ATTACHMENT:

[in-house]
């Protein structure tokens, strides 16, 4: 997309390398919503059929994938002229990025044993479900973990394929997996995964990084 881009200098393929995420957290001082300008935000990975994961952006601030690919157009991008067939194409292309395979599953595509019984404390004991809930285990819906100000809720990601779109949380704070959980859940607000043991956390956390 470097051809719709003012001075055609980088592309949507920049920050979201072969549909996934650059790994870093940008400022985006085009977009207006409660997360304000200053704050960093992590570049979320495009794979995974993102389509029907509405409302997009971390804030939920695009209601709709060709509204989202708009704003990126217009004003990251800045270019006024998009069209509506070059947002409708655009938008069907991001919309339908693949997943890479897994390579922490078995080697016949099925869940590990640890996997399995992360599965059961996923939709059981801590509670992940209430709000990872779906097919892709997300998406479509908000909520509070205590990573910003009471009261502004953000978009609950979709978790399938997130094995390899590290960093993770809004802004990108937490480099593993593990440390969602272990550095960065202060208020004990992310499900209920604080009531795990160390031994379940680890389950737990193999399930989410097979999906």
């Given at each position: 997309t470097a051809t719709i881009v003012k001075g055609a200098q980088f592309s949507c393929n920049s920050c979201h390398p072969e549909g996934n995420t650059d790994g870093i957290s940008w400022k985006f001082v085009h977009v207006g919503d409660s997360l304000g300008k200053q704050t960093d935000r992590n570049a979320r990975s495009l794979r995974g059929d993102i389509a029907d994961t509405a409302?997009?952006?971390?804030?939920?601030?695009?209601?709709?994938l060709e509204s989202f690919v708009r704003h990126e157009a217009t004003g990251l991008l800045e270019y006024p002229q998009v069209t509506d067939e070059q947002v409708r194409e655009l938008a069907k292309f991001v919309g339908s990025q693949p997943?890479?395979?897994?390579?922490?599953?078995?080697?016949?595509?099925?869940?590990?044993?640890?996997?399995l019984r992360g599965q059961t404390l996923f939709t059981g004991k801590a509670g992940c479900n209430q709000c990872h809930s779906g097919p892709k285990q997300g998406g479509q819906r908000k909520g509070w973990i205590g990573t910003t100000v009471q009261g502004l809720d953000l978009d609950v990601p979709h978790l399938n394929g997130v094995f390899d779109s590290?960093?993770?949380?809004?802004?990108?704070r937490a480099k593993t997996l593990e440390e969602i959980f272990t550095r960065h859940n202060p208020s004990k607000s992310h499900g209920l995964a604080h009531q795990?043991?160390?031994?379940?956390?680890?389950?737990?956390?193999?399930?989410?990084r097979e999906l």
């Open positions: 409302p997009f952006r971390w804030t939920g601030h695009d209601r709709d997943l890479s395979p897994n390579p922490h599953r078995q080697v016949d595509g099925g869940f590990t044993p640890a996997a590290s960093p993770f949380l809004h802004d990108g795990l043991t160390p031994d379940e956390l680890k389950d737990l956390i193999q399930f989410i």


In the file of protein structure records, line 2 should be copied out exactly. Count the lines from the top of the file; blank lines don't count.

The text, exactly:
């Protein structure tokens, strides 16, 4: 997309390398919503059929994938002229990025044993479900973990394929997996995964990084 881009200098393929995420957290001082300008935000990975994961952006601030690919157009991008067939194409292309395979599953595509019984404390004991809930285990819906100000809720990601779109949380704070959980859940607000043991956390956390 470097051809719709003012001075055609980088592309949507920049920050979201072969549909996934650059790994870093940008400022985006085009977009207006409660997360304000200053704050960093992590570049979320495009794979995974993102389509029907509405409302997009971390804030939920695009209601709709060709509204989202708009704003990126217009004003990251800045270019006024998009069209509506070059947002409708655009938008069907991001919309339908693949997943890479897994390579922490078995080697016949099925869940590990640890996997399995992360599965059961996923939709059981801590509670992940209430709000990872779906097919892709997300998406479509908000909520509070205590990573910003009471009261502004953000978009609950979709978790399938997130094995390899590290960093993770809004802004990108937490480099593993593990440390969602272990550095960065202060208020004990992310499900209920604080009531795990160390031994379940680890389950737990193999399930989410097979999906």